Yep, total failure. There is no real 3rd party marketplace for CableCARDs and what the network operators provide is limited in functionality while costing the same as a set top box (e.g. Comcrap’s CableCARD doesn’t support on demand). On top of everything else, the signal processing capabilities in the CableCARDs was suspect, in my own experience I found the image to be highly pixelated compared to set top boxes.
CableCARD was supposed to be the fix, but it was slow to deploy, was never widely supported, and had huge limitations. Early versions of the host spec supported only one-way access, so electronic program guides, video-on-demand, and other two-way services didn’t function. The FCC then tried to force the industry’s hand, all but demanding innovation by requiring cable operators to use CableCARDs even inside their own leased set-top boxes, just to level the playing field.
[From FCC admits CableCARD a failure, vows to try something else]
The cable industry has a boot to the neck of consumers and Comcast in particular is intent on having a piece of it’s equipment between every television and cable end on their network. As I wrote here, they have been successful in dismantling the very notion of “basic cable” and it was one of the reasons why I dumped them for Directv.
With the tech industry preoccupied with the FCC regulating the internet I am concerned that cable companies will use the time to tighten their stranglehold on customers. Given the way that licensing works these companies are operating regional monopolies with government stamps of approval yet there is little in the way of on the ground regulatory action that is intended to increase competition. As convergence between the Internet and television draws nearer this is not a good set of conditions to deliver innovation in, and with Comcast acquiring content networks there is much to be concerned about.
I noticed something interesting a few weeks ago, 2 of the televisions we have that don’t have cablecards or set top boxes stopped receiving some channels. After many calls to Comcast I learned what many people already know, it doesn’t matter if you have a digital TV because Comcast took advantage of the DTV conversion to change their channel package. Channels that were previously on “expanded basic” and required no set top box now require a converter box and more importantly, Comcast’s remote control.
The way cable works, and why it was better for us than satellite, is that you don’t need any converter box to decode the signal for the channels we often watch while in our kitchen, as one example, like cable news. This makes for a very clean installation with no extra hardware or additional control units while giving us exactly the channels we want.
Comcast took something that worked really well, broke it and called it an upgrade… they are really earning a Comcraptic reputation.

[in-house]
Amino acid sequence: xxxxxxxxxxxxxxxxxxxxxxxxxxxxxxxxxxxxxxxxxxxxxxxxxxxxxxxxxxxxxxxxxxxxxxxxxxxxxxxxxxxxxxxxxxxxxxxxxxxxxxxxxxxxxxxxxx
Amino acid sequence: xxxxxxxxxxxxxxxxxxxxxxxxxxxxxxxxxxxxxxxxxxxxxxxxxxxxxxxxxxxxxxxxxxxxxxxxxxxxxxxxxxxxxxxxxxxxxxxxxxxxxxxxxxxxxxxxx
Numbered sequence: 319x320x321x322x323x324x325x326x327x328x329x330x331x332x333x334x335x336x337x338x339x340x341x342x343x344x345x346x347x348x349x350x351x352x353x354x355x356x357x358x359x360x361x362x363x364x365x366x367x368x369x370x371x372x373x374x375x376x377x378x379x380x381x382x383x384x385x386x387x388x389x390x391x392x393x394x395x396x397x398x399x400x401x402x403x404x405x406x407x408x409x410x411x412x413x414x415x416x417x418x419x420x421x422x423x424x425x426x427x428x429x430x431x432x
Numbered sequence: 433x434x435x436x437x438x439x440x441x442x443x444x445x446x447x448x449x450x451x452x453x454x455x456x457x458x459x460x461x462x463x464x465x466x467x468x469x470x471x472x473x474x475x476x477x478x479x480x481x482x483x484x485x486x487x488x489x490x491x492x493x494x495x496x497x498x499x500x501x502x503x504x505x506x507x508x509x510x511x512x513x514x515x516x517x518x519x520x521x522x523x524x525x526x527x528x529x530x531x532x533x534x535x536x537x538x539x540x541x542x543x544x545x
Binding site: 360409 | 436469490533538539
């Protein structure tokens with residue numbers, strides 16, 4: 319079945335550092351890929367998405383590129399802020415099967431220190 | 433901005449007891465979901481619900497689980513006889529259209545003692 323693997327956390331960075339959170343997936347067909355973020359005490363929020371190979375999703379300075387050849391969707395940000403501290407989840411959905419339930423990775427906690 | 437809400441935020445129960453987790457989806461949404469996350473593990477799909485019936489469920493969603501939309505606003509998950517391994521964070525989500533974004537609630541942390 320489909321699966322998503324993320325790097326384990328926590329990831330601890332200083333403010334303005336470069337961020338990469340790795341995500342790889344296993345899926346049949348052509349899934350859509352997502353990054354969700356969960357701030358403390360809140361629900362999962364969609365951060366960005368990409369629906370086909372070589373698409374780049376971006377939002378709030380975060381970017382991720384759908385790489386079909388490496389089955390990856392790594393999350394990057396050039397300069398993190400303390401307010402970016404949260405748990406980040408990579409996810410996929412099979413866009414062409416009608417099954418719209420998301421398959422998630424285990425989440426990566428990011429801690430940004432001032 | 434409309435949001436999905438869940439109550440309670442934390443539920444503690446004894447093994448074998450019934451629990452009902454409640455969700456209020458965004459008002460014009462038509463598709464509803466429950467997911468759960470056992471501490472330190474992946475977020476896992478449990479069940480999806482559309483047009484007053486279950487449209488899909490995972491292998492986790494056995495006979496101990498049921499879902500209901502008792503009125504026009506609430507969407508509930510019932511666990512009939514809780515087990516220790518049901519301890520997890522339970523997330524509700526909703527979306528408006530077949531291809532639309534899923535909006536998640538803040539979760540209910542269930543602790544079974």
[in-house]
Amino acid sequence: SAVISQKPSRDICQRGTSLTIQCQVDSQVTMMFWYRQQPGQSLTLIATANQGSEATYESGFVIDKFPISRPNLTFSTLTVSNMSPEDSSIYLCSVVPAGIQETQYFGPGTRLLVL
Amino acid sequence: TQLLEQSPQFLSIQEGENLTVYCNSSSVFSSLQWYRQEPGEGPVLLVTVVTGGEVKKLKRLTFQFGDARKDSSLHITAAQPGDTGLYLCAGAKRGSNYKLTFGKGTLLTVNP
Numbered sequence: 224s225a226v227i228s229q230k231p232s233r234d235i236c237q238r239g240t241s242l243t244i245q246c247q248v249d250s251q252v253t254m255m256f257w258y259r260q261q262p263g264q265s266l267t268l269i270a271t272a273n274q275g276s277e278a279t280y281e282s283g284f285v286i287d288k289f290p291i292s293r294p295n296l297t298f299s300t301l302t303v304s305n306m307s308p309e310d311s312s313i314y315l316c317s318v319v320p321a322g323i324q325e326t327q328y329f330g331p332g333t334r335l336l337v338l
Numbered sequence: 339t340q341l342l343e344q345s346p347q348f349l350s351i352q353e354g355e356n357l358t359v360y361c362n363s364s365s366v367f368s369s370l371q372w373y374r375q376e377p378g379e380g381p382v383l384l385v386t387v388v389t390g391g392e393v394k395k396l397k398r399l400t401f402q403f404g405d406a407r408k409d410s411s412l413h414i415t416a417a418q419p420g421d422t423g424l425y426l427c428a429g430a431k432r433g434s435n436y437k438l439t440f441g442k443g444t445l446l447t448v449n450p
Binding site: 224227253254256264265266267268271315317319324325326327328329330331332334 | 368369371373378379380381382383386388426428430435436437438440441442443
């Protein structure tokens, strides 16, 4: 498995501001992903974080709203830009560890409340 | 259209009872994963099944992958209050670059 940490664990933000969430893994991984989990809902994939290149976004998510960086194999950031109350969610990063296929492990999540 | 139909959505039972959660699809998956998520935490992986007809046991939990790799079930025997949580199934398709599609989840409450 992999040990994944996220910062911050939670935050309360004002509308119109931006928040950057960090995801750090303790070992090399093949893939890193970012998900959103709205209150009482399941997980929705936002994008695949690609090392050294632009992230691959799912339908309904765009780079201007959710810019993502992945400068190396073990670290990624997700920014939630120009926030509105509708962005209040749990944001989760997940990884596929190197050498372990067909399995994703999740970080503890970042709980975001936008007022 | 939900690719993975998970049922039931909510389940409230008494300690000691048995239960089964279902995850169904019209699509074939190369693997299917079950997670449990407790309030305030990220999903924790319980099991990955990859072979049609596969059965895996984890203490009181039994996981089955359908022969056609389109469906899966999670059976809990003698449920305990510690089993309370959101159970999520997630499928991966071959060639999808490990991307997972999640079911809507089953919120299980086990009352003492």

What I find particularly aggravating is that Comcast is taking advantage of the federally mandated digital TV (DTV) conversion to push through something they call “digital transition”. Comcast customer support kept repeating the phrase to me “the government is making us do this” and this is patently false and misleading. Comcast’s “digital transition” is a plan to open up bandwidth on their network, it doesn’t have anything to do with the federal mandate.
It’s very clear that the DTV mandate doesn’t force the cable companies to do anything… what Comcast did was a choice they made and part of a larger strategy to get a piece of their hardware on every television their customers have. The timing was deliberate and intended to obscure their actions under the umbrella of what the federal government was doing to over the air full power broadcast station on public airwaves.
This totally makes sense.
Big doings at Plaxo today! We are really excited to announce some of the biggest news in the history of Plaxo: We have just signed an agreement** to be acquired by Comcast, the nation’s leading provider of entertainment, information and communications products and services (and our largest customer and partner).
[From Plaxo's Personal Card]
Consider this: One side in the debate actually went to the trouble of hiring people off the street to pack a Federal Communications Commission meeting yesterday—and effectively keep some of its opponents out of the room.
Broadband giant Comcast—the subject of the F.C.C. hearing on network neutrality at the Harvard Law School, in Cambridge, Massachusetts—acknowledged that it did exactly that.
Comcast spokeswoman Jennifer Khoury said that the company paid some people to arrive early and hold places in the queue for local Comcast employees who wanted to attend the hearing.
[From Comcast F.C.C. Hearing Strategy - Portfolio.com]
As if hiring people to warm seats in the hearing for Comcast employees is better than hiring people who don’t care about the issue to sit in the hearing. Equally unfair would be not allowing Comcast employees to attend a public hearing to begin with but a company willfully attempting to suppress the voices of it’s critics in a government hearing is intensely troubling.